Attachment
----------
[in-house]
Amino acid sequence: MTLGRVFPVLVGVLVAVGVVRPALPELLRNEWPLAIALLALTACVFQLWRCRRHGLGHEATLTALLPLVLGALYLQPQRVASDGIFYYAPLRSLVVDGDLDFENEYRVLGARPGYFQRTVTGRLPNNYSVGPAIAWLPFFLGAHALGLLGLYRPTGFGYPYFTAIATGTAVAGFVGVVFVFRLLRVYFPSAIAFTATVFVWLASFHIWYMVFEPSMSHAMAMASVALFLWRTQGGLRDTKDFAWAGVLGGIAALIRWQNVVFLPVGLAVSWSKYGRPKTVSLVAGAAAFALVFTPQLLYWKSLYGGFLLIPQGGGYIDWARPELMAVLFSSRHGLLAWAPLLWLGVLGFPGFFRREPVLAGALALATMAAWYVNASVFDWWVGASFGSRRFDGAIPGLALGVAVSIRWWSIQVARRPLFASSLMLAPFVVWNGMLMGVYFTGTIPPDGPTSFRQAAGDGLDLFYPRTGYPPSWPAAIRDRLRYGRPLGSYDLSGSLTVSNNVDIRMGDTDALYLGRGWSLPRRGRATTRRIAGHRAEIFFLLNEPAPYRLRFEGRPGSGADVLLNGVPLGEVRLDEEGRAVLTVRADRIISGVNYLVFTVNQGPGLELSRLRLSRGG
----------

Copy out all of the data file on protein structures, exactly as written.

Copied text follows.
[in-house]
Amino acid sequence: MTLGRVFPVLVGVLVAVGVVRPALPELLRNEWPLAIALLALTACVFQLWRCRRHGLGHEATLTALLPLVLGALYLQPQRVASDGIFYYAPLRSLVVDGDLDFENEYRVLGARPGYFQRTVTGRLPNNYSVGPAIAWLPFFLGAHALGLLGLYRPTGFGYPYFTAIATGTAVAGFVGVVFVFRLLRVYFPSAIAFTATVFVWLASFHIWYMVFEPSMSHAMAMASVALFLWRTQGGLRDTKDFAWAGVLGGIAALIRWQNVVFLPVGLAVSWSKYGRPKTVSLVAGAAAFALVFTPQLLYWKSLYGGFLLIPQGGGYIDWARPELMAVLFSSRHGLLAWAPLLWLGVLGFPGFFRREPVLAGALALATMAAWYVNASVFDWWVGASFGSRRFDGAIPGLALGVAVSIRWWSIQVARRPLFASSLMLAPFVVWNGMLMGVYFTGTIPPDGPTSFRQAAGDGLDLFYPRTGYPPSWPAAIRDRLRYGRPLGSYDLSGSLTVSNNVDIRMGDTDALYLGRGWSLPRRGRATTRRIAGHRAEIFFLLNEPAPYRLRFEGRPGSGADVLLNGVPLGEVRLDEEGRAVLTVRADRIISGVNYLVFTVNQGPGLELSRLRLSRGG